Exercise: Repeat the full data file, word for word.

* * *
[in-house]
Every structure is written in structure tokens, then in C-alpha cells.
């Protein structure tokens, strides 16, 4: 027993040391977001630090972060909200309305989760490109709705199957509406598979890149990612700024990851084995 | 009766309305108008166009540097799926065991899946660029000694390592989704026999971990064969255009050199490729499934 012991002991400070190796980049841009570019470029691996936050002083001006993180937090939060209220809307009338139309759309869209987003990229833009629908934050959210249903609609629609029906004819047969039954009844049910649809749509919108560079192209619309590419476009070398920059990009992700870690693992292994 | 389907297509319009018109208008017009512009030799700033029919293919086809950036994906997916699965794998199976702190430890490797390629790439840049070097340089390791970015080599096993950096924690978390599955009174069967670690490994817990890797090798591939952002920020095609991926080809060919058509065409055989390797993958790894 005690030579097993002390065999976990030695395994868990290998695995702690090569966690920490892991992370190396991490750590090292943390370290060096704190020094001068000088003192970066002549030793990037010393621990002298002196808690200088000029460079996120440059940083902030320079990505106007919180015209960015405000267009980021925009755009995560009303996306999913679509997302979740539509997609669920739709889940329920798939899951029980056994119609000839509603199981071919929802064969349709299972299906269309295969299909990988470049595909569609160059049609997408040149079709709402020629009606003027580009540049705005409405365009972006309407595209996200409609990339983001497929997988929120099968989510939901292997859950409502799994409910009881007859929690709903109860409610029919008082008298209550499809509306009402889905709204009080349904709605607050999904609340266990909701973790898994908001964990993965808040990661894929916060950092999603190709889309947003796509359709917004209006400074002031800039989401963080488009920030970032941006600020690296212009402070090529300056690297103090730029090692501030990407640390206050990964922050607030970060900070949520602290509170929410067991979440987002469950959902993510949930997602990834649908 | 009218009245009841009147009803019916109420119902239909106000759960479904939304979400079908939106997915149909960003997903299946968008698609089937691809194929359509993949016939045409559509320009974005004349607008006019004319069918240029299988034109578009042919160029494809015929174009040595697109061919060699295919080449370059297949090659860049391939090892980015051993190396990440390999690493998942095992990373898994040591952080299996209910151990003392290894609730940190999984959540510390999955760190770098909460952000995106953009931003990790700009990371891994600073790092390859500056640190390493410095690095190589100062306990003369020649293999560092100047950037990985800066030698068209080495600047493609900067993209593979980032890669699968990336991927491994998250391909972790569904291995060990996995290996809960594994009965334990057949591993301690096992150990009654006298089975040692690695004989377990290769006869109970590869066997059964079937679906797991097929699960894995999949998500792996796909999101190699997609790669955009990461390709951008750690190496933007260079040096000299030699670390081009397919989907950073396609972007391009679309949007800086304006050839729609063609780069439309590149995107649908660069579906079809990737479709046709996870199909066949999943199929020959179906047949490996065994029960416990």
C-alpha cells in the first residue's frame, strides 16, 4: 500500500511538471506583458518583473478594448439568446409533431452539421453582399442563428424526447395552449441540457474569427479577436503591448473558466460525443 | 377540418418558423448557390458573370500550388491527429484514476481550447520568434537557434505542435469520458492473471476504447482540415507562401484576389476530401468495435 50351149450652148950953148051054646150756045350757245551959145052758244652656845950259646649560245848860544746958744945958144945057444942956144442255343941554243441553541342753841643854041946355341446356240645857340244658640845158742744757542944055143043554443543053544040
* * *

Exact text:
[in-house]
Every structure is written in structure tokens, then in C-alpha cells.
């Protein structure tokens, strides 16, 4: 027993040391977001630090972060909200309305989760490109709705199957509406598979890149990612700024990851084995 | 009766309305108008166009540097799926065991899946660029000694390592989704026999971990064969255009050199490729499934 012991002991400070190796980049841009570019470029691996936050002083001006993180937090939060209220809307009338139309759309869209987003990229833009629908934050959210249903609609629609029906004819047969039954009844049910649809749509919108560079192209619309590419476009070398920059990009992700870690693992292994 | 389907297509319009018109208008017009512009030799700033029919293919086809950036994906997916699965794998199976702190430890490797390629790439840049070097340089390791970015080599096993950096924690978390599955009174069967670690490994817990890797090798591939952002920020095609991926080809060919058509065409055989390797993958790894 005690030579097993002390065999976990030695395994868990290998695995702690090569966690920490892991992370190396991490750590090292943390370290060096704190020094001068000088003192970066002549030793990037010393621990002298002196808690200088000029460079996120440059940083902030320079990505106007919180015209960015405000267009980021925009755009995560009303996306999913679509997302979740539509997609669920739709889940329920798939899951029980056994119609000839509603199981071919929802064969349709299972299906269309295969299909990988470049595909569609160059049609997408040149079709709402020629009606003027580009540049705005409405365009972006309407595209996200409609990339983001497929997988929120099968989510939901292997859950409502799994409910009881007859929690709903109860409610029919008082008298209550499809509306009402889905709204009080349904709605607050999904609340266990909701973790898994908001964990993965808040990661894929916060950092999603190709889309947003796509359709917004209006400074002031800039989401963080488009920030970032941006600020690296212009402070090529300056690297103090730029090692501030990407640390206050990964922050607030970060900070949520602290509170929410067991979440987002469950959902993510949930997602990834649908 | 009218009245009841009147009803019916109420119902239909106000759960479904939304979400079908939106997915149909960003997903299946968008698609089937691809194929359509993949016939045409559509320009974005004349607008006019004319069918240029299988034109578009042919160029494809015929174009040595697109061919060699295919080449370059297949090659860049391939090892980015051993190396990440390999690493998942095992990373898994040591952080299996209910151990003392290894609730940190999984959540510390999955760190770098909460952000995106953009931003990790700009990371891994600073790092390859500056640190390493410095690095190589100062306990003369020649293999560092100047950037990985800066030698068209080495600047493609900067993209593979980032890669699968990336991927491994998250391909972790569904291995060990996995290996809960594994009965334990057949591993301690096992150990009654006298089975040692690695004989377990290769006869109970590869066997059964079937679906797991097929699960894995999949998500792996796909999101190699997609790669955009990461390709951008750690190496933007260079040096000299030699670390081009397919989907950073396609972007391009679309949007800086304006050839729609063609780069439309590149995107649908660069579906079809990737479709046709996870199909066949999943199929020959179906047949490996065994029960416990």
C-alpha cells in the first residue's frame, strides 16, 4: 500500500511538471506583458518583473478594448439568446409533431452539421453582399442563428424526447395552449441540457474569427479577436503591448473558466460525443 | 377540418418558423448557390458573370500550388491527429484514476481550447520568434537557434505542435469520458492473471476504447482540415507562401484576389476530401468495435 50351149450652148950953148051054646150756045350757245551959145052758244652656845950259646649560245848860544746958744945958144945057444942956144442255343941554243441553541342753841643854041946355341446356240645857340244658640845158742744757542944055143043554443543053544040